This certainly explains how the killer could enter the house without being seen and without any forced entry being detected. The only piece of the puzzle I can't figure out is how the killer left without being detected?
     
  13. ldlager

    ldlager Well-Known Member

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    Some posters here would say that the killer never left the house.....
     
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  14. WINDSOR

    WINDSOR Well-Known Member

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    Some stuff I believe to be true,
    1) Real estate agents will often inspect a home alone if they have not seen it previously, prior to showing it to clients. A good agent wants to be familiar with the home prior to walking clients through.
    2) A good covert 'entry specialist', can get into almost any locked home with little or no signs of entry. Sometimes, as mentioned before, it is with the unknowing assistance of the victim(s).
    3) Having a key, makes entry even easier. If this murder was in the planning stages for some period of time, getting a key copied, would have been practical.
    4) TPS knows pretty well what actually occurred, and have a pretty good idea who was involved. By the fact they are not asking for help from the public, posting videos , having press conferences, and have not assigned a huge task force to the case, leads me to this conclusion.
    5) If some of those involved in this crime reside overseas, that would delay possible arrests, especially if Canada does not have an extradition treaty with a country. Here are some of the countries Canada does not have extradition treaties with.
    Afghanistan
    Algeria
    Armenia
    Azerbaijan
    Bahrain
    Belarus
    Bosnia and Herzegowina
    Bulgaria
    Burkina Faso
    Burundi
    China
    Costa Rica
    Croatia
    Djibouti
    Dominican Republic
    Egypt
    Georgia
    Honduras
    Indonesia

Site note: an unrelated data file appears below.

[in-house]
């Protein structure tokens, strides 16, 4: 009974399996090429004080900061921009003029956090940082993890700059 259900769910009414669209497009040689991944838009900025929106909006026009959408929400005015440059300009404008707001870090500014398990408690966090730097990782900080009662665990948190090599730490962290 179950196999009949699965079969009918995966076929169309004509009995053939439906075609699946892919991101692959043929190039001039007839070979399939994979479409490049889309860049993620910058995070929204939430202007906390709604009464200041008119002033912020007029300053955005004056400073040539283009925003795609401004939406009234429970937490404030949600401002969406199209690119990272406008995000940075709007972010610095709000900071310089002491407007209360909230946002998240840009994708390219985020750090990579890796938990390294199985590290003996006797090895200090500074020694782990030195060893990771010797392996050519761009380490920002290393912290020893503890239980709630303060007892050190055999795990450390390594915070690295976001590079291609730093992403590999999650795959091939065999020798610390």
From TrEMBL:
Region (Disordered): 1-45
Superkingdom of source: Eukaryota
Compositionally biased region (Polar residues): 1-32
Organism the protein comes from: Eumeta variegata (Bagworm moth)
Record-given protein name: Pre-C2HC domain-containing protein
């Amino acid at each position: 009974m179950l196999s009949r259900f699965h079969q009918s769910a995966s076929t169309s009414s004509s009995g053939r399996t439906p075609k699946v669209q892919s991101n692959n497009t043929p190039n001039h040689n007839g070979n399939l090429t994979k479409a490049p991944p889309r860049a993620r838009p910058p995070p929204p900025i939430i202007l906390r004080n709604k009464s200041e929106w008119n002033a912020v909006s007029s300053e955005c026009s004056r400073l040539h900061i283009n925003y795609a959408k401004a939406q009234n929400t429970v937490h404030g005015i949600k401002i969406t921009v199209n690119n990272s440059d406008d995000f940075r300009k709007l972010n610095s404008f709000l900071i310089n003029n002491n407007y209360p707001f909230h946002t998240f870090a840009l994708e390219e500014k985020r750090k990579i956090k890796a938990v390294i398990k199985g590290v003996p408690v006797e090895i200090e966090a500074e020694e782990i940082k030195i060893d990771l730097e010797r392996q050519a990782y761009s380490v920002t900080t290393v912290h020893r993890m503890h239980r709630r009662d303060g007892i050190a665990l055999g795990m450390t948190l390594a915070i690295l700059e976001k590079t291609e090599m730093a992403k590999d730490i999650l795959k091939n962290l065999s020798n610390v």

Iran (Islamic Republic of)
    Iraq
    Jordan
    Kazakhstan
    Korea, Democratic People's Rep. (North Korea)
    Kuwait
    Kyrgyzstan
    Lebanon
    Libya
    Macedonia
    Moldova, Republic of
    Morocco
    Oman
    Palestinian National Authority
    Qatar
    Russian Federation
    Saudi Arabia
    Serbia and Montenegro
    Turkey
    Turkmenistan
    Ukraine
    United Arab Emirates
    Uzbekistan
    Venezuela
    Yemen
     
  15. rickcross

    rickcross Active Member

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    Is that what you believe?
     
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  16. human

    human Well-Known Member

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    Why would someone filled with massive abilities such as Russians do such a crime? They could have easily fixed a car to careen off into an accident.

    They could have givien Honey some kind of drug to have an illness that killer her.

    If they wanted to send a message, they could have killed them and sent a message to intended people that they would be next.

    No need for the drama
     
    Last edited: Mar 20, 2019
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  17. rickcross

    rickcross Active Member

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    Possibly they wanted information before they killed them? I agree with your thinking though. My question is whoever did this, why didn't they just put a bullet in their heads? Why such an elaborate setup?
     
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  18. human

    human Well-Known Member

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    Exactly.

    They had to know that no one was going to show up at the house that evening.

    It seems like someone who hates them and wants to humiliate them.
     
  19. rickcross

    rickcross Active Member

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    But who does that aside from the villains in the old Batman TV show? The murders were not efficient by any standard and I struggle to find any sort of comparable crimes.
     
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  20. Tighthead

    Tighthead Well-Known Member

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    That’s why I’m struggling to accept the sophisticated hitmen angle. Inefficient is a good descriptor.

    I think the Shermans may have known their killer(s). Access may have been gained by a knock on the door.

    It reminds me a little of the JBR case; the evidence doesn’t cleanly all fit one theory, and if/when the truth is revealed everyone would be a little surprised.